Hirasawa, Kazushige
October 1975
Foreign Affairs;Oct75, Vol. 54 Issue 1, p155
Academic Journal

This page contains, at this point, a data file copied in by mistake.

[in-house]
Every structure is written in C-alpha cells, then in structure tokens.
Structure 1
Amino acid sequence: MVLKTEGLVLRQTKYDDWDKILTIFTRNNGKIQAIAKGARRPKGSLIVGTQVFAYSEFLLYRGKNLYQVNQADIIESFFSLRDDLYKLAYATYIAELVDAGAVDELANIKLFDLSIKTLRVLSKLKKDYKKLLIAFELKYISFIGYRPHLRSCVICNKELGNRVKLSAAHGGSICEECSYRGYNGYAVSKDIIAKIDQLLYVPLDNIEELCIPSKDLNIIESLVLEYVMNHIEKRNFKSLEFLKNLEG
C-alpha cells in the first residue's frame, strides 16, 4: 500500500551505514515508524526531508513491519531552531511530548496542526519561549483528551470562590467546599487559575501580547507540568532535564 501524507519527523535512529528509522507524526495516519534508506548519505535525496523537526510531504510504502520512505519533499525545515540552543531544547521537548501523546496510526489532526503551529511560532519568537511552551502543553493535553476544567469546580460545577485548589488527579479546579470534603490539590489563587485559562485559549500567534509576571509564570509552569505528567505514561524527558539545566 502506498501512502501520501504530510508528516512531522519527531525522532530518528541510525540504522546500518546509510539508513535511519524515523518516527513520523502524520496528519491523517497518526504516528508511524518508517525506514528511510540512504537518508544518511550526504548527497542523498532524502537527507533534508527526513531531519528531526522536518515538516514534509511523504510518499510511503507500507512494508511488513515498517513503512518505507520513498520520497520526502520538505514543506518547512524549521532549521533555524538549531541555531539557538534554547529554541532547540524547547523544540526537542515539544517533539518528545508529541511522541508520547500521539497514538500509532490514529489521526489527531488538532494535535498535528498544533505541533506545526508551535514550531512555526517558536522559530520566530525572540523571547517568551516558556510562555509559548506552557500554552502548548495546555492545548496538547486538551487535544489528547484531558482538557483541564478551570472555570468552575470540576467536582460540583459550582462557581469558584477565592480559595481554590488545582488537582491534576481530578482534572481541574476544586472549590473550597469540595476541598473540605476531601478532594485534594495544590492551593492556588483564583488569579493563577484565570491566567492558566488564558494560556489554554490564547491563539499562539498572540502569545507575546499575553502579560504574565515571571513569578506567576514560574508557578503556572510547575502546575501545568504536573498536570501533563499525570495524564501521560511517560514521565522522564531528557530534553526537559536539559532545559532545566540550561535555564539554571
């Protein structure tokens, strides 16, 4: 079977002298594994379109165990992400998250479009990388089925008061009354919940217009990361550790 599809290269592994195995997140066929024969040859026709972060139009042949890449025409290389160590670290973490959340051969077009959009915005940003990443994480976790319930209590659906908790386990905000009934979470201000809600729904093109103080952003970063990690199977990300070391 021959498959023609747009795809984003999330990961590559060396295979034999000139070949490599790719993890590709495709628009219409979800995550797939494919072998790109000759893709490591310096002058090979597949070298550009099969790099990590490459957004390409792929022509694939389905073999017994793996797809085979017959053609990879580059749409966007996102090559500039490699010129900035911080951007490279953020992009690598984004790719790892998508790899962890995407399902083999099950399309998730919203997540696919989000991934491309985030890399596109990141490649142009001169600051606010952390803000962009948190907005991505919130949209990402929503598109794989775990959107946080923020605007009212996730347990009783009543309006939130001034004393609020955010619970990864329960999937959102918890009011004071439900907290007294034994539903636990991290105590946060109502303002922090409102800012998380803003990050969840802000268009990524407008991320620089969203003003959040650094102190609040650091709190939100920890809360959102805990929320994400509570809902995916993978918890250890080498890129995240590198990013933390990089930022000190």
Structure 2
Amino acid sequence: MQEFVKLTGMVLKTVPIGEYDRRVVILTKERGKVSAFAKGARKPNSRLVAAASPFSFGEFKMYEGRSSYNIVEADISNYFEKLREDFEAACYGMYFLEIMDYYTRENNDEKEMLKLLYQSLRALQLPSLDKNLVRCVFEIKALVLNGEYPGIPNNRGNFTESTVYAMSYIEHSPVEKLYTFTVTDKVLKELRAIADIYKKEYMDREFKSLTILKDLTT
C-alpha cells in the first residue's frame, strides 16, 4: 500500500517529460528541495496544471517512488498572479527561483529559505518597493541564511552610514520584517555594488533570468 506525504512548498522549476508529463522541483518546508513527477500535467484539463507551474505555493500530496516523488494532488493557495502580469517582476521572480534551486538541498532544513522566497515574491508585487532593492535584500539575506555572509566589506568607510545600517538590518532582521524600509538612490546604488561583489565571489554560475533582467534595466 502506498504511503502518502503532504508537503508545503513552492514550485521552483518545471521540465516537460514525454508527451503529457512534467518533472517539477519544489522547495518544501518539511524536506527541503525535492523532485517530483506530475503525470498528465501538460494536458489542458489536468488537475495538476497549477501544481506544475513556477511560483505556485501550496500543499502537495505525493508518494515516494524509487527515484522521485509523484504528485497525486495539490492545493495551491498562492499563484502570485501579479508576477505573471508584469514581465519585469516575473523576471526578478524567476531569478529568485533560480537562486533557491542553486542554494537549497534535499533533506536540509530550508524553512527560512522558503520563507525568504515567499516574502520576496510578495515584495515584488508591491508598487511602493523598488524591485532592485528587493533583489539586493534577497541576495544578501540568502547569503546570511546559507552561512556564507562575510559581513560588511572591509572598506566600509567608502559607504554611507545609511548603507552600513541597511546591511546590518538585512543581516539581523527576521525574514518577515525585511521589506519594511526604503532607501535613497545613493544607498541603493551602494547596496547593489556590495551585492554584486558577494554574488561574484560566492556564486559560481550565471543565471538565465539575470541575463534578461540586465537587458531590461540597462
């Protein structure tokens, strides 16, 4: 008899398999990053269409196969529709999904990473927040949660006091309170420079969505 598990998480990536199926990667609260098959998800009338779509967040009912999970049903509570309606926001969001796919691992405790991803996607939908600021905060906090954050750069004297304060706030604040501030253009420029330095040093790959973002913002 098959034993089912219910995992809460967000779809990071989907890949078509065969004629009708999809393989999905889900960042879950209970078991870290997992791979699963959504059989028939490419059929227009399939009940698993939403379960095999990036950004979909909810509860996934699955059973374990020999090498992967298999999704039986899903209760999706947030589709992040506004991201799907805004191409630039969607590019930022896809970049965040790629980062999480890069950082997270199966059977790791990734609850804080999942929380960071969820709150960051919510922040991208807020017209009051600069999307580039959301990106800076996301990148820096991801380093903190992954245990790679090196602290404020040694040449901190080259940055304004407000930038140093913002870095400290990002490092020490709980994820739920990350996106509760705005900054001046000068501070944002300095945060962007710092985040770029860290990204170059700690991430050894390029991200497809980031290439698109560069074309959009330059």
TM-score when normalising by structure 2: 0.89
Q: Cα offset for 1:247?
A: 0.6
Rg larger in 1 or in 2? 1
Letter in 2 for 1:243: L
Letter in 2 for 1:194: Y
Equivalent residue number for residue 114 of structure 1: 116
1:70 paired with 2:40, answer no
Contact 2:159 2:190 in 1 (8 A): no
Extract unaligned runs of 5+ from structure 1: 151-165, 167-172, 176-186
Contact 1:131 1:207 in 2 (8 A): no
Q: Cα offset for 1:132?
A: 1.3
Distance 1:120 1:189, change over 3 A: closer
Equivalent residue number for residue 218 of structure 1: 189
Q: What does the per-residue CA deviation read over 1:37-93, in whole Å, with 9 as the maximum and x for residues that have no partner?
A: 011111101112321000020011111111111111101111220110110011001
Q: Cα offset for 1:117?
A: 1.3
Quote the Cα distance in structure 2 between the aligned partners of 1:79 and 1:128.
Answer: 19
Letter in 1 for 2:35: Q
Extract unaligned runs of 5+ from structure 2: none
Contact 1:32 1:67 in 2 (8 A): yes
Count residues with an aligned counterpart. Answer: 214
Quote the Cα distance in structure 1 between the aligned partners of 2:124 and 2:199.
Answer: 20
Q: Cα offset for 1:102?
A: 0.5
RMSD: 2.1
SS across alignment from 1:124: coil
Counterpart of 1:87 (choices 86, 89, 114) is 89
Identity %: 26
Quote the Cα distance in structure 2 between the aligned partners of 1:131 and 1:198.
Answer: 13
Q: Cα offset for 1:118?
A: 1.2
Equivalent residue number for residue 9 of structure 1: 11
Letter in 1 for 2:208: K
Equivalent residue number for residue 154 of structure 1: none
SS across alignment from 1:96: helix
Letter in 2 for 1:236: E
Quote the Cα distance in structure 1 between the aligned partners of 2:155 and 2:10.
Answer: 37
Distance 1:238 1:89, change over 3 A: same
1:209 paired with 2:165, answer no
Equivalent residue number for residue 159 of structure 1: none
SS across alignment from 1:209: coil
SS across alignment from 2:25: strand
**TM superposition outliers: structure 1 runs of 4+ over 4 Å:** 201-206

The article looks at political trends underlying Japan's emerging foreign policy in 1975. Japan's diplomacy is in fact inhibited by two constraints. One is an international environment in which the Japanese people perceive themselves to be extremely vulnerable and limited in their options. The other constraint is internal, a legacy of defeat and occupation which reinforces this sense of vulnerability, and contributes to the fragmentation and polarization of contemporary Japan's domestic politics. Although Japan is locked into the tripolar structure of the U.S.-China-Soviet power balance in the Northwestern Pacific, Japan's own relations with the three are by no means equidistant. However, the fact remains that only the ruling Liberal Democratic Party supports with reservation the Japan-U.S. Treaty of Mutual Cooperation and Security, the framework governing relations between the two nations. Japan's most ancient and complex relations have been with China, the source of its written language and important aspects its religious and aesthetic heritage. The Sino-Soviet ideological rivalry and territorial dispute undoubtedly facilitated the partial rapprochement between the U.S. and China in 1972. Most significant, however, is the fact that Japan's own security is intimately related to peace and stability on the Korean Peninsula.


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